Following Milwaukee’s Federal Funding

By George F. Sanders, Community Activist

A.  Missing Community Development public funds

While the issue appears forgotten about, Milwaukee City government has still not explained in any way what happened to the $83,000,000.00 million dollars of the HUD- awarded Westlawn redevelopment funds, which were covered under HUD Section 3 program.

What is Section 3?

Section 3 is a provision of the Housing and Urban Development Act of 1968, which recognizes that HUD funds are typically one of the largest sources of federal funding expended in communities through the form of grants, loans, entitlement allocations and other forms of financial assistance. Section 3 is intended to ensure that when employment or contracting opportunities are generated because a covered project or activity necessities the employment of additional persons or the awarding of contracts for work, preference must be given to low- and very low-income persons or business concerns residing in the community where the project is located.  http://www.hud.gov/offices/fheo/section3/FAQ08.pdf

B.   Milwaukee Public Works takes over $7,000,000 from $15,000,000 Community CDBG grant

The Community Development Block Grant (CDBG) Block Grant, since 1968, is designed for projects and activities that benefit low- and moderate-income people, the prevention or elimination of slums or blight, or other community development activities to address an urgent threat to health or safety. CDBG funds may be used for community development activities, construction and maintenance of neighborhood centers, and the conversion of school buildings, public services, and economic development and job creation/retention activities. CDBG funds can also be used for preservation and restoration of historic properties in low-income neighborhoods. http://city.milwaukee.gov/ImageLibrary/User/jsteve/2015-recomm-print-cdbg.pdf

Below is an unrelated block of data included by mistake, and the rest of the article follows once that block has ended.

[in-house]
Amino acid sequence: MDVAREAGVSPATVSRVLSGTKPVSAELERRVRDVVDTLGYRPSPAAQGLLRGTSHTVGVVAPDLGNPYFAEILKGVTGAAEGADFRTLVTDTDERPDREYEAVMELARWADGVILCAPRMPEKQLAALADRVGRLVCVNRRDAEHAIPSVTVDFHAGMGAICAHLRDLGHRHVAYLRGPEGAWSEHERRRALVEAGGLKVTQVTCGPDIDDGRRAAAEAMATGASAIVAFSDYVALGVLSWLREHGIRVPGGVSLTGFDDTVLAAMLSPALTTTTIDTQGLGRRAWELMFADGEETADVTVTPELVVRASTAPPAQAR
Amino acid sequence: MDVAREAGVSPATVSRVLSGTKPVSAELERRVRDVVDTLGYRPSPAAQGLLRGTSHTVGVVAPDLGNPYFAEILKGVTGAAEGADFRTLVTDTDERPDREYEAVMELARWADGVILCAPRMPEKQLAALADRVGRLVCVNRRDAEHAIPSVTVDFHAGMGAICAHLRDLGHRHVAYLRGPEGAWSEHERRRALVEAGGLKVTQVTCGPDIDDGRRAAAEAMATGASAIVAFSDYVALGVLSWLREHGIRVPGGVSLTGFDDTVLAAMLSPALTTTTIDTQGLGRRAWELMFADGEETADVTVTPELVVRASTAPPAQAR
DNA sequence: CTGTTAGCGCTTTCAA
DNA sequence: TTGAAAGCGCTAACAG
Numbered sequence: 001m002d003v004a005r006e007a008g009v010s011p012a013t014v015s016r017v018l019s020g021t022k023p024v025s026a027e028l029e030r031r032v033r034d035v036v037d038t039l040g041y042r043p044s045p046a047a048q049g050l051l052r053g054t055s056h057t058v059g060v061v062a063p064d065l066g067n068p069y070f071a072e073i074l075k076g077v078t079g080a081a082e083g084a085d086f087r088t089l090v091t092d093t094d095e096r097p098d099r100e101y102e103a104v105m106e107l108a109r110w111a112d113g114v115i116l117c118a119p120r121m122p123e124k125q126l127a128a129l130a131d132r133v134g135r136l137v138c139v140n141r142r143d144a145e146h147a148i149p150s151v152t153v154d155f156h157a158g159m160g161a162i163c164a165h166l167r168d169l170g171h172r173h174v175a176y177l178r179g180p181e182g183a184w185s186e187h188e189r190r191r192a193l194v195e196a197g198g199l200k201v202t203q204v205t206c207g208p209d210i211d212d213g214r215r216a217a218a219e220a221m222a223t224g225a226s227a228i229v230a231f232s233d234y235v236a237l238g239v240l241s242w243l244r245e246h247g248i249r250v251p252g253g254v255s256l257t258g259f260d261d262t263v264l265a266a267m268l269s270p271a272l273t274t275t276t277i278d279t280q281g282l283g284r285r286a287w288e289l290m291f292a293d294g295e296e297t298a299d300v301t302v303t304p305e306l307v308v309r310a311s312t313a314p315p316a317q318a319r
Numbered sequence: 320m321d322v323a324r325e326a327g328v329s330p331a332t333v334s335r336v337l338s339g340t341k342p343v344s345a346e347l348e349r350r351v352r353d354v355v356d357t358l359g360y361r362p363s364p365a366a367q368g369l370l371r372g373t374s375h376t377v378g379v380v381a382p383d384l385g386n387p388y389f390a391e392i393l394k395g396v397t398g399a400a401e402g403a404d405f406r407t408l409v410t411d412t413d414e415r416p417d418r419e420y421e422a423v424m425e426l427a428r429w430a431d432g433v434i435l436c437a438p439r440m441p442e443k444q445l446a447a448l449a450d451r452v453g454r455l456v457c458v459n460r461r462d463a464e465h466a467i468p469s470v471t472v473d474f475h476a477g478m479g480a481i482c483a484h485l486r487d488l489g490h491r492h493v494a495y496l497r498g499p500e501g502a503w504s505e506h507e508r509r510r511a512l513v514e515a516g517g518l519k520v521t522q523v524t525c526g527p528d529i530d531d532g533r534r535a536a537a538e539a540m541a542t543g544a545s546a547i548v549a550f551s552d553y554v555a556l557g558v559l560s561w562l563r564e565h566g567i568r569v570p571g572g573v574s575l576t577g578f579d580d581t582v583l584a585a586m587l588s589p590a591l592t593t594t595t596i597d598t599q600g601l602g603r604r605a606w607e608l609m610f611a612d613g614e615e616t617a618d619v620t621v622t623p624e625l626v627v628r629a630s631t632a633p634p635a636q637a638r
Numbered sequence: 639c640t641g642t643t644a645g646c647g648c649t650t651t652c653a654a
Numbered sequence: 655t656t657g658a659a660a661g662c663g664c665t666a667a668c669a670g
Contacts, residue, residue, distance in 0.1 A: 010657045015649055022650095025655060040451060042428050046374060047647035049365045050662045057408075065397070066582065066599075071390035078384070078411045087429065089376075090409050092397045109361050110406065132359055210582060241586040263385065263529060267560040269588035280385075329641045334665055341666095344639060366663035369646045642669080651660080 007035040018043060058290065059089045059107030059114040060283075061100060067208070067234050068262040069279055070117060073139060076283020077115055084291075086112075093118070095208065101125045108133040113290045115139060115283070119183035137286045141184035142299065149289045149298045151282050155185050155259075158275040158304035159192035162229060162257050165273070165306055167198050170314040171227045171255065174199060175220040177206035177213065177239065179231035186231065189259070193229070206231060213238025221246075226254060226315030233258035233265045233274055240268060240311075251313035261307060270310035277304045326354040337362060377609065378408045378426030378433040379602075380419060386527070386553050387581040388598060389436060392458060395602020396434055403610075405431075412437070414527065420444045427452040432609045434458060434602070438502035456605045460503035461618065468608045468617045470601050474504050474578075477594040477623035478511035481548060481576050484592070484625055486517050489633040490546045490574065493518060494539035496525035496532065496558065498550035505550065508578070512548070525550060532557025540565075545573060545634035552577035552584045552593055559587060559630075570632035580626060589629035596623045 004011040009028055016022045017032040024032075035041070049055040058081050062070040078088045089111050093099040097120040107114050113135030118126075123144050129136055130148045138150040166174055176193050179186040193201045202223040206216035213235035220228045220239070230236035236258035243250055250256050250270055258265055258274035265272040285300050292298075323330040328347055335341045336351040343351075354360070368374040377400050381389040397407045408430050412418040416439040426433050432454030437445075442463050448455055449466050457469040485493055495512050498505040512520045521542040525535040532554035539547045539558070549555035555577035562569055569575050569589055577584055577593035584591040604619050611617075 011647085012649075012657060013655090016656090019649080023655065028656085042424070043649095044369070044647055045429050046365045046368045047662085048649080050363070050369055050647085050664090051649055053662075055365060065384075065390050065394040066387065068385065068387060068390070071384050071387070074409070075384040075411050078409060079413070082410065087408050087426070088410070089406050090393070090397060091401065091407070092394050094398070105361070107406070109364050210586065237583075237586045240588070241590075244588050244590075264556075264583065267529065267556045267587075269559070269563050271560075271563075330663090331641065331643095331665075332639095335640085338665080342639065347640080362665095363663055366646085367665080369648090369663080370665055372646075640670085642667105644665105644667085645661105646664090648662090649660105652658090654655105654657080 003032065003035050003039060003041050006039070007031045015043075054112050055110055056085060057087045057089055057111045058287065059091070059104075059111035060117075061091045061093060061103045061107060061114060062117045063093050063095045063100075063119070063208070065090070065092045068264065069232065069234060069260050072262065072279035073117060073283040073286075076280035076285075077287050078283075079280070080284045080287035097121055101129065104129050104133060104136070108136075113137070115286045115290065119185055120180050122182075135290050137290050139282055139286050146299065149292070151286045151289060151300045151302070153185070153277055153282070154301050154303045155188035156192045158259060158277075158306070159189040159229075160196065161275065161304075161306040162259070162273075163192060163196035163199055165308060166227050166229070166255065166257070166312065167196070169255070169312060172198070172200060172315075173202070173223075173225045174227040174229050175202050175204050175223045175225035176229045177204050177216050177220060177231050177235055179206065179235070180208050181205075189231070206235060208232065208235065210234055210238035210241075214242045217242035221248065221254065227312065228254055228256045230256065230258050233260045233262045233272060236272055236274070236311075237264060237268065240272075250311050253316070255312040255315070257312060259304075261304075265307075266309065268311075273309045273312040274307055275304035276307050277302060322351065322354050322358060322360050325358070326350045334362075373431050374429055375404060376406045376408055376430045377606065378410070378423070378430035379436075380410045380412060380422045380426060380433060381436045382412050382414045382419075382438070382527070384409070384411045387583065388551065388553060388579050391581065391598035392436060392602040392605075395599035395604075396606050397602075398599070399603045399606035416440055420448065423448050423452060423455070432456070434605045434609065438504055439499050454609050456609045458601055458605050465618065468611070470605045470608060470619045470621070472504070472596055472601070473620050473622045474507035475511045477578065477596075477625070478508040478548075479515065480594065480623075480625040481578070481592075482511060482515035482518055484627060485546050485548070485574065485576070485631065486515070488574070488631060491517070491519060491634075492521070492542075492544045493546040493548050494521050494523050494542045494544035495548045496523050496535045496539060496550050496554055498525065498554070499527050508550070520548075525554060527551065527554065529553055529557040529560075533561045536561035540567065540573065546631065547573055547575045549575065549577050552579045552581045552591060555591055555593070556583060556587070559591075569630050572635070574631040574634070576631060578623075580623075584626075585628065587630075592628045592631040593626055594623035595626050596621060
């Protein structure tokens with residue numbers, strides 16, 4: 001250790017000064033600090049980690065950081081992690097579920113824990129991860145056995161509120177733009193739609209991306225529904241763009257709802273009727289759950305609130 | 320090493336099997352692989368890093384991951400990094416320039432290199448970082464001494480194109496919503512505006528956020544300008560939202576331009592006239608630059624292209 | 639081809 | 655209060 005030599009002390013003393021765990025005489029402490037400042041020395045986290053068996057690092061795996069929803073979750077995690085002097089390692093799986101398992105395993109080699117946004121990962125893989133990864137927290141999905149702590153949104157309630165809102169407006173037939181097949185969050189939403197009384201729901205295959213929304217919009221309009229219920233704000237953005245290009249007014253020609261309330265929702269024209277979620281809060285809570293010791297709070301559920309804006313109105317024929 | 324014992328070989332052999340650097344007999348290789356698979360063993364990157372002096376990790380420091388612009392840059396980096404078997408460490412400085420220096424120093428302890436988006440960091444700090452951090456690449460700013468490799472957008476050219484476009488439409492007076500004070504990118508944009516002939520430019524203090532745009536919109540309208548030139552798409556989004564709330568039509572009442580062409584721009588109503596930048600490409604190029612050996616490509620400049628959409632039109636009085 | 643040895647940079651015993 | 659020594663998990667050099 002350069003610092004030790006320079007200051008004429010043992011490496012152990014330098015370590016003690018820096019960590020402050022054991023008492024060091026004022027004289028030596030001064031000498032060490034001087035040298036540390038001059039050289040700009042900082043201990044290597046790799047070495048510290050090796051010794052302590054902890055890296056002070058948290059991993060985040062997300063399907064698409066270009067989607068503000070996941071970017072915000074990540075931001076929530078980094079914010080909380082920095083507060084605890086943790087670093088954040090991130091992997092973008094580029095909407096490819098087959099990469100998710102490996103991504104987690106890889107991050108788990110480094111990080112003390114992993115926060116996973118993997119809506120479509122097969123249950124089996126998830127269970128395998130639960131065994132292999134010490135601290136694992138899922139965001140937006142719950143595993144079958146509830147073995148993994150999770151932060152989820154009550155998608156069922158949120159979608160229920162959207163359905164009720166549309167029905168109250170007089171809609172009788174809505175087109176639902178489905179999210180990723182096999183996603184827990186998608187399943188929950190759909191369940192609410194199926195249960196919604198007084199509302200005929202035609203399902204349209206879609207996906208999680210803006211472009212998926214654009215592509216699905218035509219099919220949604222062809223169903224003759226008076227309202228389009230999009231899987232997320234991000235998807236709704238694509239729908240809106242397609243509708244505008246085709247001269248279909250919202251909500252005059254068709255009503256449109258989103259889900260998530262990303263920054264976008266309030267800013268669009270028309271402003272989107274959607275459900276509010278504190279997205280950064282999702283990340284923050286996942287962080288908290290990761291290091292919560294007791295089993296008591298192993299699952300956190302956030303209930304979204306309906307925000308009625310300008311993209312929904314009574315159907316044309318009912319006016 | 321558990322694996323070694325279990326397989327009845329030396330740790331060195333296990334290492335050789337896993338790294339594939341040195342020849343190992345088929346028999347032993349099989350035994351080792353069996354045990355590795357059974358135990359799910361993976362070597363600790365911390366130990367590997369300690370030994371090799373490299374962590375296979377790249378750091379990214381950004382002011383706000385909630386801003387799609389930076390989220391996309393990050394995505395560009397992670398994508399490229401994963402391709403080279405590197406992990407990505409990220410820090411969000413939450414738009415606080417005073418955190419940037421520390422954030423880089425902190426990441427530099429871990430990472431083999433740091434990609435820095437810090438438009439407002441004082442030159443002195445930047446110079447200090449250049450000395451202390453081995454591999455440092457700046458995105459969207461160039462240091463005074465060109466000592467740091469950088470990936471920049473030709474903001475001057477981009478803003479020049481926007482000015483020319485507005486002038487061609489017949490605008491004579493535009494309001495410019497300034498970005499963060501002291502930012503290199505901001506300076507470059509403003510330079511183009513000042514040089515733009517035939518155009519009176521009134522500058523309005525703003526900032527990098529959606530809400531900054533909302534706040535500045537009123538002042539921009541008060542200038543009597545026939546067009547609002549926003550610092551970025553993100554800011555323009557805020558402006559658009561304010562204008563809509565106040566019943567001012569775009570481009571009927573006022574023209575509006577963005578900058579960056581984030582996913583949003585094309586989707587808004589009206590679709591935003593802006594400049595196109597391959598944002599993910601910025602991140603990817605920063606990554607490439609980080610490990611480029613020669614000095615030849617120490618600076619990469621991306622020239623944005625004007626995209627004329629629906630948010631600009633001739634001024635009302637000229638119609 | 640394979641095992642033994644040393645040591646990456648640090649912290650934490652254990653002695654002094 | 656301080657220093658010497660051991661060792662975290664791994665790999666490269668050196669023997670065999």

Milwaukee to use federal EB-5 Visa program for downtown renovations – not, as is mandated by law, in high unemployment areas

What is the EB-5 Visa? Under section 203(b)(5) of the Immigration and Nationality Act (INA), 8 U.S.C. § 1153(b)(5), 10,000 immigrant visas per year are available to qualified individuals seeking permanent resident status on the basis of their engagement in a new commercial enterprise.

Typically, “Eligible individuals” include foreign investors who can get visas to obtain an EB-5 Immigrant Visa and ultimately qualify for permanent resident status in the United States by a minimum invested amount of $1,000,000, or at least $500,000 where the investment is being made in a “Targeted employment area.” This is an area that has experienced unemployment of at least 150 per cent of the national average rate or a rural area as designated by the Office of Management and Budget.

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Last edited by Tyler Schuster.   Page last modified on May 07, 2016

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